In each book, the children escape only to find themselves in a different desperate circumstance. There is indeed a sameness to the situations, but the variations on a theme are like those in any genre writing -- who would read a murder mystery if no one was in fact murdered, or read a science-fiction novel if the Nurgats of Zimron hadn't mastered the Phleem blaster?

In Book the Second, The Reptile Room, our three plucky young people find themselves with their kindly Uncle Monty, a herpetologist; because he is nice to them, one knows he cannot last. In Book the Third, The Wide Window, their strict grammarian Aunt Josephine encodes the news of her kidnapping in a note the children must decipher. The Miserable Mill (Book the Fourth) causes us to question child-labor laws.

Not only does The Austere Academy induce chills in any for whom school is not an unalloyed happy memory, it introduces us to the Quagmire triplets, Isadora and Duncan (their third sibling, Quigley, like the Baudelaire parents, was killed in a mysterious fire). The Quagmires try to aid the Baudelaires, but only ensure their own trials in the books ahead.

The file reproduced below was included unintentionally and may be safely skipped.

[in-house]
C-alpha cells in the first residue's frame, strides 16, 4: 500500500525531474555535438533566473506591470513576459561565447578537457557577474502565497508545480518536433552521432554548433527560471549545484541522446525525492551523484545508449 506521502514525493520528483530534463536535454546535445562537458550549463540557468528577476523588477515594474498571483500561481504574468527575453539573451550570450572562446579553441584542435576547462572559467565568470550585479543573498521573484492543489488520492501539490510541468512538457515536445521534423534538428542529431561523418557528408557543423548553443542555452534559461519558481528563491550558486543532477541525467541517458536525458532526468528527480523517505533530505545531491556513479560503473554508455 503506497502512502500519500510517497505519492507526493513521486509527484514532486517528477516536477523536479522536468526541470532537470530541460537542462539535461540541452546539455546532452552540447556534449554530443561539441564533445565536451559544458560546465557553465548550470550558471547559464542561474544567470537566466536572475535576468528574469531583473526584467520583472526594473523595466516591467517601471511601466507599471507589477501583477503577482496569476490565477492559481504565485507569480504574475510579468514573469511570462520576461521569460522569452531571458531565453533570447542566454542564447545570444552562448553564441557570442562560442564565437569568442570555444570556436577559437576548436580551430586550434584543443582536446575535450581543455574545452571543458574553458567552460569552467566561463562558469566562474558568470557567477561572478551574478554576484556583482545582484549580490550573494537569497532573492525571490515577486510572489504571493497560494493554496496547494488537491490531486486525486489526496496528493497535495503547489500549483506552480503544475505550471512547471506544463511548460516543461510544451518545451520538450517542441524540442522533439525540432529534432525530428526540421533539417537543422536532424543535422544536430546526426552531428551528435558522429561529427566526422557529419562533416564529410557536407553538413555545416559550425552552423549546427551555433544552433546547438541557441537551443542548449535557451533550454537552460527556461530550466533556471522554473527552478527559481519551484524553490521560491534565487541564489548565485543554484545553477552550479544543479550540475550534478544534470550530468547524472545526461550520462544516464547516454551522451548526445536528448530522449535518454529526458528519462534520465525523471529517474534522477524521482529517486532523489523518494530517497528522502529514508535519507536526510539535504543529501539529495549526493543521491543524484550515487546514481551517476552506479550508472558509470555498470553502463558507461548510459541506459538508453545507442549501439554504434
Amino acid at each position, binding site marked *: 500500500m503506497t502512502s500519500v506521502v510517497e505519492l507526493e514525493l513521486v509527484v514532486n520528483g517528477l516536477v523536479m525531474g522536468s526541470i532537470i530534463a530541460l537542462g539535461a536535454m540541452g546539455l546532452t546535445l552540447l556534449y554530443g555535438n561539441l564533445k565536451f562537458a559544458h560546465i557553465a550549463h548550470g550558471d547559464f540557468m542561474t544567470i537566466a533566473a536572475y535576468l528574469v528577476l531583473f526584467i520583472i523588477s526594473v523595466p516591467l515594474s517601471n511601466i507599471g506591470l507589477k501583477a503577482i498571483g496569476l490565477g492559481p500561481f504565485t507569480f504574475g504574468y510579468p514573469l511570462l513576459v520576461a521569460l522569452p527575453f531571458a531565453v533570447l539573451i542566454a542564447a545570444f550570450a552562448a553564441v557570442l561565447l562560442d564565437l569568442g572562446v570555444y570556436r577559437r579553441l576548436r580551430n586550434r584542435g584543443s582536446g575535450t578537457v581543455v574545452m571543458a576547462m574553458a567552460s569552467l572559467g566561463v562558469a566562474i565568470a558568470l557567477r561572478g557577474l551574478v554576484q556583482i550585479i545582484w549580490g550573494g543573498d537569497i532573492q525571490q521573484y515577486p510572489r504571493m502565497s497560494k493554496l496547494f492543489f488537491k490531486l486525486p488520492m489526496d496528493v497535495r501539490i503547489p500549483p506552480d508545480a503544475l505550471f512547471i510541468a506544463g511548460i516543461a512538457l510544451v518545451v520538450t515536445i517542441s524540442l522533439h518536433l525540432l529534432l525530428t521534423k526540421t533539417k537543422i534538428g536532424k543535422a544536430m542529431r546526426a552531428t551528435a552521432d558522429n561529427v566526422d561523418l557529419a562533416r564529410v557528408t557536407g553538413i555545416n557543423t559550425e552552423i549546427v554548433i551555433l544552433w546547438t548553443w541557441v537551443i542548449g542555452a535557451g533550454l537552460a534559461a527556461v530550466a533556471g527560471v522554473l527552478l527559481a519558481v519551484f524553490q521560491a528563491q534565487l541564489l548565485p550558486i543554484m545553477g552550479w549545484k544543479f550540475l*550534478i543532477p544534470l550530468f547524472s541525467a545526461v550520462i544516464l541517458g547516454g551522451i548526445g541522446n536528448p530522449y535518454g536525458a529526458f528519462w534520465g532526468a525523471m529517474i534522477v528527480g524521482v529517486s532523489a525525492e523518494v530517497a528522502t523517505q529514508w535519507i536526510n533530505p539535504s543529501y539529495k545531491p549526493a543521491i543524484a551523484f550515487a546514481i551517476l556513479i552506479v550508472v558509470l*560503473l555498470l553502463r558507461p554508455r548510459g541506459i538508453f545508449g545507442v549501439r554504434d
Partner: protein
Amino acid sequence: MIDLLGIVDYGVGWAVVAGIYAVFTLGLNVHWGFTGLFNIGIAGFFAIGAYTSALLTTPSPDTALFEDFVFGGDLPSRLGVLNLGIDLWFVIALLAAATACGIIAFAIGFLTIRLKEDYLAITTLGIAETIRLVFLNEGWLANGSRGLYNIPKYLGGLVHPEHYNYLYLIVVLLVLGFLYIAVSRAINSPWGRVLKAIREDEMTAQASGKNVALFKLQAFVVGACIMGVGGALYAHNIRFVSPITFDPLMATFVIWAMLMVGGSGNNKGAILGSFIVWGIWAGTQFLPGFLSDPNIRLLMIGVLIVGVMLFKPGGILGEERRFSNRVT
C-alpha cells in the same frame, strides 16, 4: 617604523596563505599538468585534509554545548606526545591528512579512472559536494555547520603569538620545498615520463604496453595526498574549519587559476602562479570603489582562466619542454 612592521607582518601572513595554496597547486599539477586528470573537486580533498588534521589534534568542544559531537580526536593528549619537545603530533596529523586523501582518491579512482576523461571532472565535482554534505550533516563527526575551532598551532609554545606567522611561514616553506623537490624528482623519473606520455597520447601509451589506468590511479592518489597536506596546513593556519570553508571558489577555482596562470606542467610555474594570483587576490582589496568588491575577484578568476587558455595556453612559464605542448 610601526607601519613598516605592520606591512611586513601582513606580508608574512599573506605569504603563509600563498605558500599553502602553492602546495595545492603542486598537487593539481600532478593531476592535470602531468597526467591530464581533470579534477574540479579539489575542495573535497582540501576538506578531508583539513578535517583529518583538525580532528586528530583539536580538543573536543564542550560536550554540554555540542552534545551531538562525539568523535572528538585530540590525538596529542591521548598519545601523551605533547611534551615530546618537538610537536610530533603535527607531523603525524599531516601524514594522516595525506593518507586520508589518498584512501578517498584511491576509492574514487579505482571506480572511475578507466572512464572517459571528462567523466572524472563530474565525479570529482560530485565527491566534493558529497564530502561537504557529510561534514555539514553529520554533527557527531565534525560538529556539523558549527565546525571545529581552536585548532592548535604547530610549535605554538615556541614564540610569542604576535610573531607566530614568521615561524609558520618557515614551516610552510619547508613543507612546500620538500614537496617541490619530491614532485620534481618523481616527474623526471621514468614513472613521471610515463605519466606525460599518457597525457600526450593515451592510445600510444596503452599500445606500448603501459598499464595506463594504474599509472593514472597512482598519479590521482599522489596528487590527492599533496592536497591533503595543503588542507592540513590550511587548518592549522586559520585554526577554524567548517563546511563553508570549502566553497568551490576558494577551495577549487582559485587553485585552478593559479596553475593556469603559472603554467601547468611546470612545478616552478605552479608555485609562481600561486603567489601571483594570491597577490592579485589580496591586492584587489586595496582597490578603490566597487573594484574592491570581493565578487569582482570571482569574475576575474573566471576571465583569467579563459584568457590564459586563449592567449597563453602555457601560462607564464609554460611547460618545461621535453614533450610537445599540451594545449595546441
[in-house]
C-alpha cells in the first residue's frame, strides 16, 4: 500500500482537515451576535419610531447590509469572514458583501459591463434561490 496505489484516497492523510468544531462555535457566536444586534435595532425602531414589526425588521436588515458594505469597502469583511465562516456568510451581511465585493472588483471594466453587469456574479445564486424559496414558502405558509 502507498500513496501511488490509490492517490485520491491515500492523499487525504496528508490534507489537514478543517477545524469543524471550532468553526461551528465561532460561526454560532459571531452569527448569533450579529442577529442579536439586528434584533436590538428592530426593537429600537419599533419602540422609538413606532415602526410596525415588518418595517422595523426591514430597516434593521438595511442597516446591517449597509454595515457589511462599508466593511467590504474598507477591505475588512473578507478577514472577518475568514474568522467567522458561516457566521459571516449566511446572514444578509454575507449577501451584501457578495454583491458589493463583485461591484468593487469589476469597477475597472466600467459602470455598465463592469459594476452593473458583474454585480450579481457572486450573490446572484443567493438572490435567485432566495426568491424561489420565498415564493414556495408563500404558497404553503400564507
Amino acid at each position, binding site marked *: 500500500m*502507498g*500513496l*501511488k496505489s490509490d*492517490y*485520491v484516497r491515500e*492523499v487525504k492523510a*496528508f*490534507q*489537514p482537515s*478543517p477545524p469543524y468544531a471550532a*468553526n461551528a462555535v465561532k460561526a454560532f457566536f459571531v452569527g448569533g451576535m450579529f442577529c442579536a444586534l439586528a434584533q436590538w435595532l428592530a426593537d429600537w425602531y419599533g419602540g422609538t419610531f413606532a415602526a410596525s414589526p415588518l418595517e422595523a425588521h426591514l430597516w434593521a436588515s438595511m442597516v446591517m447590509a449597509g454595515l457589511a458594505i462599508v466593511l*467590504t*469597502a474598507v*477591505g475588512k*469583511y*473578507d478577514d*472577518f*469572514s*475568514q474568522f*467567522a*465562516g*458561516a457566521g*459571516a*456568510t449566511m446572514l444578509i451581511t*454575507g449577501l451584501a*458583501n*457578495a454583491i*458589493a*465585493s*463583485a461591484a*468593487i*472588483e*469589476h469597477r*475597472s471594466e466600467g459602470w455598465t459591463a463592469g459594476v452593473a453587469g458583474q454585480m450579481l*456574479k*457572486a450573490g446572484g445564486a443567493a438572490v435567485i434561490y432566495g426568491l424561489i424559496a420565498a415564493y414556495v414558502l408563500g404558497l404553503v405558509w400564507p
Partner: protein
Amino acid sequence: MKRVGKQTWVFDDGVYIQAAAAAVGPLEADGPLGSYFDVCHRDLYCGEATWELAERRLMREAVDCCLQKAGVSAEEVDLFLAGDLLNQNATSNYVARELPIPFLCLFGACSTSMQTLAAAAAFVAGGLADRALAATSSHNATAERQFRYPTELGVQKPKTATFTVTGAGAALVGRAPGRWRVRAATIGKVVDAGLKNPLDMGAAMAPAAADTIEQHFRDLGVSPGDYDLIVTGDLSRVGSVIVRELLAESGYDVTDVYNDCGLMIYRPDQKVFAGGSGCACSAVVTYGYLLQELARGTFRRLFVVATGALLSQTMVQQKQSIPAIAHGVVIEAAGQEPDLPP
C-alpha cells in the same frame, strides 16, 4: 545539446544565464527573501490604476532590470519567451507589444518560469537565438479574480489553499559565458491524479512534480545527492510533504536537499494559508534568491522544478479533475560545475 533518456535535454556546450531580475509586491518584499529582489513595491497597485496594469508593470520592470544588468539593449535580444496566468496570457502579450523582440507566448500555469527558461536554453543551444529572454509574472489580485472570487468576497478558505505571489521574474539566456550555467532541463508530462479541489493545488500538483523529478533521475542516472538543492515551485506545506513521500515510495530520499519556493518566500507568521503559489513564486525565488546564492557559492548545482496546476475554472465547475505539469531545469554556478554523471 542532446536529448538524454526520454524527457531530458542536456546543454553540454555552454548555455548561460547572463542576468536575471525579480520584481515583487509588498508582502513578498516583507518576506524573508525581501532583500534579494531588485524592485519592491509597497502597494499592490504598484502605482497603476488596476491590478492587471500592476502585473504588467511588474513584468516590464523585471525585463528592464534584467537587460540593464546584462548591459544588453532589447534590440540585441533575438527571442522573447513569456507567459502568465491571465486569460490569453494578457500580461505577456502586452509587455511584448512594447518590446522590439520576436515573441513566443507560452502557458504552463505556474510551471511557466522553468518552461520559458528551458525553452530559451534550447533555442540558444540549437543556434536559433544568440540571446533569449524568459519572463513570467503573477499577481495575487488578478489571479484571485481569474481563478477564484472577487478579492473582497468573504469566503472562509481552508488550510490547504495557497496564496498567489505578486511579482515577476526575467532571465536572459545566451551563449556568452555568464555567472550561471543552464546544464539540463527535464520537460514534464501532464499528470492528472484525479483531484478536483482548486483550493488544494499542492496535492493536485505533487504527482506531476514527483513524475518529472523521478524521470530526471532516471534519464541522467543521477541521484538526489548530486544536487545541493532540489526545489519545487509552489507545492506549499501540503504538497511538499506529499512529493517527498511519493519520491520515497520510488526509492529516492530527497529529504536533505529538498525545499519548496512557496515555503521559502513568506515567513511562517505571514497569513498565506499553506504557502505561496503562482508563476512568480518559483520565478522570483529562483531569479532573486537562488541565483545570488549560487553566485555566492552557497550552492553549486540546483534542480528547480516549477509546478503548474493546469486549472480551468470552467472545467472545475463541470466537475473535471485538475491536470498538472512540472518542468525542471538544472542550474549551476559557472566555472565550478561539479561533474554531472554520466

And so it goes, as The Ersatz Elevator takes on the social-climbing set, The Vile Village (Book the Seventh) shoots at the newspaper industry, and the theme of The Hostile Hospital is self-evident. In each case, Count Olaf is disguised in some fashion, and in each case the Baudelaires cannot seem to get the truth of their plight across.

As all of this proceeds, it begins to dawn on the reader that Mr. Snicket is more than an interested party chronicling sad stories. Slowly, we discern a subtle intrusion of the writer on the action. We begin to understand that Mr. Snicket is part of this story, that Count Olaf is known to him and, more ominously, that Beatrice was very well known to the Count.

Fortunately, for guidance we have the new volume of Lemony Snicket: The Unauthorized Autobiography (HarperCollins, $11.99) to rely upon. For me, it was most important to discover that Mr. Snicket began his career as a theater critic. Based on his writing, it is clear we lost a master. In his list of things about theater he cannot understand, he writes that "I do not understand why some people attend the theatre when it appears they would prefer to be unwrapping candy or talking on the phone," and he wonders "why a play about singing cats was allowed to be performed at all."